Within two weeks of being here, it feels like home. I find that I am able to quickly adjust to my new surroundings, getting a good feel for the people and customs. While a lot is new it is all easy to learn. I have found being mindful of my surroundings has taught me how to be ‘normal’ to the Dutch. There is a common Dutch saying “doe maar gewoon dan doe je al gek genoeg”; just act normal, that’s crazy enough.
A fascinating part about Amsterdam is the bike culture. Friends and I here made a bet, who will get “dinged” the least. Getting “dinged” is when a biker rings their bell at you. There is no greater shame. Blocking or slowing down bike traffic will earn you a ding. The worst are with you’re back to the biker they ding you off the path, forcing you to jump off the path out of their way. So far I have only been “dinged” twice and plan to keep it that way.
Riding my own bike through the city has been a fantastic new challenge. Growing up terrorizing pedestrians and cars alike I fit right in. The paths are large and generally set aside off the main road. Navigating traffic and intersections were intimidating at first but only took a day of riding to understand. Getting the chance to use the power of my own bike bell on pedestrians clogging up my bike lanes has made me feel more Dutch than anything else.
Cooking and shopping for my own food is the biggest challenge I face. A constant struggle between my massive appetite and my wallet. It was clear that eating out was not going to be a sustainable option for me. Having to buy and cook my own groceries has given me a greater appreciation for my parents, for all the time they sacrificed so that we could eat. That said I have taken to cooking. I have been consistently pushing myself to keep making creative and tasty meals, not getting stuck in a bland routine.
Learning to fit in and become more local in a foreign country has seemed to be a relatively easy process. I have greatly benefited from the Dutch people being open and accepting to newcomers. Making it easy for them to follow the Dutch ways. The greatest compliment I receive from a local is having them start in Dutch then switch to English, letting me know while I may not feel it at times I fit in well enough to be “normal”.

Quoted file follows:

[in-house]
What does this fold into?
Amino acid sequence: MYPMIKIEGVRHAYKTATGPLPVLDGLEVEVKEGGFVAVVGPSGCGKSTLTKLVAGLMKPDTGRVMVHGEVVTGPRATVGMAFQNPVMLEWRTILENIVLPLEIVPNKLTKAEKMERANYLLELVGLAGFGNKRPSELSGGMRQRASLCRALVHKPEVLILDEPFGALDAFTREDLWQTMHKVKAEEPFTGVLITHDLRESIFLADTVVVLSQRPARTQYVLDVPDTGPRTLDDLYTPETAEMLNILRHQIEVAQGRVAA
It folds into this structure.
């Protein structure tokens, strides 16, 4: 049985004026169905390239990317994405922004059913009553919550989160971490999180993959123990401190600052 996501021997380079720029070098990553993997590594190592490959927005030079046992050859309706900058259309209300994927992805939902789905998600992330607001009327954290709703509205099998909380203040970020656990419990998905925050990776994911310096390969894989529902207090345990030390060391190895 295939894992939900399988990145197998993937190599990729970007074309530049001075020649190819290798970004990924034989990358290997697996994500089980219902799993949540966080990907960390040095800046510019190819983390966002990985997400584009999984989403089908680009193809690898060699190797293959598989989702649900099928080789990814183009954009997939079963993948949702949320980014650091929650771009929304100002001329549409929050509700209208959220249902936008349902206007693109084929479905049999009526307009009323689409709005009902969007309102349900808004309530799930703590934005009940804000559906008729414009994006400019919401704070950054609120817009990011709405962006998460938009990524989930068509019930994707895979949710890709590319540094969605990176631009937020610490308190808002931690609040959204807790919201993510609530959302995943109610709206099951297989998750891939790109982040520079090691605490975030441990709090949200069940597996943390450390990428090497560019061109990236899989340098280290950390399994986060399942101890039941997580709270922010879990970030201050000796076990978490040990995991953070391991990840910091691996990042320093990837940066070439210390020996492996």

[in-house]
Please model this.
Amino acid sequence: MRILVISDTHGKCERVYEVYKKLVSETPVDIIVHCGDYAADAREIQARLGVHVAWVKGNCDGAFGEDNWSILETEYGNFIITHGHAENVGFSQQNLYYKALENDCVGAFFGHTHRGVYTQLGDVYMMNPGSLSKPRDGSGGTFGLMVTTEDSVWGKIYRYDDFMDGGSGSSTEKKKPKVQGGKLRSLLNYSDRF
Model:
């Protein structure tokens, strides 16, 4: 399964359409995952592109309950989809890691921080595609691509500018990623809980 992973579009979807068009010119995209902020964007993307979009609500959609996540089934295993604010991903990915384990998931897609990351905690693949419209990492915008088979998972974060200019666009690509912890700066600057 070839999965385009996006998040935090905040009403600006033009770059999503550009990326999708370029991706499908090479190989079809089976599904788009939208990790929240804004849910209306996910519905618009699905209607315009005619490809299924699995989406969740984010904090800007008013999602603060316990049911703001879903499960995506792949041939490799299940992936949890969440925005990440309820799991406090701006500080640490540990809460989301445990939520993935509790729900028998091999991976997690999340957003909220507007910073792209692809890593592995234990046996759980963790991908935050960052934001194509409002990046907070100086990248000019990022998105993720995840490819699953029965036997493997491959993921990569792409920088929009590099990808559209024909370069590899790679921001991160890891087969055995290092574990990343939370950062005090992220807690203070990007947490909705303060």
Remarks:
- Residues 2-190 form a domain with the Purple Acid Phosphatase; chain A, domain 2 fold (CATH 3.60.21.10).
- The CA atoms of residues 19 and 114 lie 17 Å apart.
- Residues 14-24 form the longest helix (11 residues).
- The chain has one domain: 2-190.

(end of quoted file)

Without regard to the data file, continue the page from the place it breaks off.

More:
I was able to spend the first two days of my time in the city by myself fighting off jet lag and walking around the city. Amsterdam feels like a small city, the many small tight streets and bikes all around keep cars out of the city center. The small streets absent of cars allow the shops to be tighter in giving off an air of coziness. While this type of urban layout is seen in Boston it doesn’t sprawl out over the entire city like it does in Amsterdam.
A common theme I noticed was the lack of cars. While most American cities are built around infrastructure for cars, Amsterdam is not. The canals occupy the space a road normally would. Making the city more dependent on walking. Giving the city a relaxed feel as cars are not speeding by.
Another key feature of the city is its age. It is apparent everywhere, the city on a system of canals. Houses are right up to the canal and packed tightly together. Reminding tourists of its past as a former bustling hub of industry. The bright exteriors and massive windows make the houses on the canal picturesque.